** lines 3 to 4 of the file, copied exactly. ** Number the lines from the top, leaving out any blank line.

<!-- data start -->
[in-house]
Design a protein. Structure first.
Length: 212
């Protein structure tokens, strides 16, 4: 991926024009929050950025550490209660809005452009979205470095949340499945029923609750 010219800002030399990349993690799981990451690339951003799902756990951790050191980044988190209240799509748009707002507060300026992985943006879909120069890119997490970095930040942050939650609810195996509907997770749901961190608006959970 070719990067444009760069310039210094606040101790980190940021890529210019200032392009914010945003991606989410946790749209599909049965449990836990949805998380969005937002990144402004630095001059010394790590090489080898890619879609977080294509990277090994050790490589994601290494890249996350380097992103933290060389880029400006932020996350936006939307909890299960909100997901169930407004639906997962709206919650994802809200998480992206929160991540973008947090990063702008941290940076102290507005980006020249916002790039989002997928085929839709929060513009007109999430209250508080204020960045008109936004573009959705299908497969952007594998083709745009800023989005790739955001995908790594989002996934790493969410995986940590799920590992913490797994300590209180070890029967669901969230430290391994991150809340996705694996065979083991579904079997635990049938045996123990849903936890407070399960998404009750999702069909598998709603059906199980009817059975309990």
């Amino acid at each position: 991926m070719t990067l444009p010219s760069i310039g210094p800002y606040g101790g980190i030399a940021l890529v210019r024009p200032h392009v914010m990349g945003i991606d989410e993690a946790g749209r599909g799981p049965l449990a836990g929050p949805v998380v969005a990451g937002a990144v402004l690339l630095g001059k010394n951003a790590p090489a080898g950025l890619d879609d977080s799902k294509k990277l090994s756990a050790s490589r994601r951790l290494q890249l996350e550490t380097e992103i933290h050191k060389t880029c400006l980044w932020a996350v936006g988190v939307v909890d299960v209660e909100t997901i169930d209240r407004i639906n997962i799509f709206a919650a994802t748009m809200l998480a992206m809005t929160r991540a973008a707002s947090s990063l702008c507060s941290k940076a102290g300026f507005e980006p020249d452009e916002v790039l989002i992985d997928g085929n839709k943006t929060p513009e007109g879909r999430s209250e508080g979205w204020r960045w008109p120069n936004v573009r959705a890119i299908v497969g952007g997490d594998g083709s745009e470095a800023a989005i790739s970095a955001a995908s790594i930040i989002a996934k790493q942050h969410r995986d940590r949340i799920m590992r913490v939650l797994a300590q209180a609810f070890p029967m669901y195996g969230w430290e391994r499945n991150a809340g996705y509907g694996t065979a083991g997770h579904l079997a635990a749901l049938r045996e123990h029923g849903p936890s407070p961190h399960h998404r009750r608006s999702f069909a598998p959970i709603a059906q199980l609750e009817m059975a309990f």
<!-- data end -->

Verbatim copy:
Length: 212
């Protein structure tokens, strides 16, 4: 991926024009929050950025550490209660809005452009979205470095949340499945029923609750 010219800002030399990349993690799981990451690339951003799902756990951790050191980044988190209240799509748009707002507060300026992985943006879909120069890119997490970095930040942050939650609810195996509907997770749901961190608006959970 070719990067444009760069310039210094606040101790980190940021890529210019200032392009914010945003991606989410946790749209599909049965449990836990949805998380969005937002990144402004630095001059010394790590090489080898890619879609977080294509990277090994050790490589994601290494890249996350380097992103933290060389880029400006932020996350936006939307909890299960909100997901169930407004639906997962709206919650994802809200998480992206929160991540973008947090990063702008941290940076102290507005980006020249916002790039989002997928085929839709929060513009007109999430209250508080204020960045008109936004573009959705299908497969952007594998083709745009800023989005790739955001995908790594989002996934790493969410995986940590799920590992913490797994300590209180070890029967669901969230430290391994991150809340996705694996065979083991579904079997635990049938045996123990849903936890407070399960998404009750999702069909598998709603059906199980009817059975309990």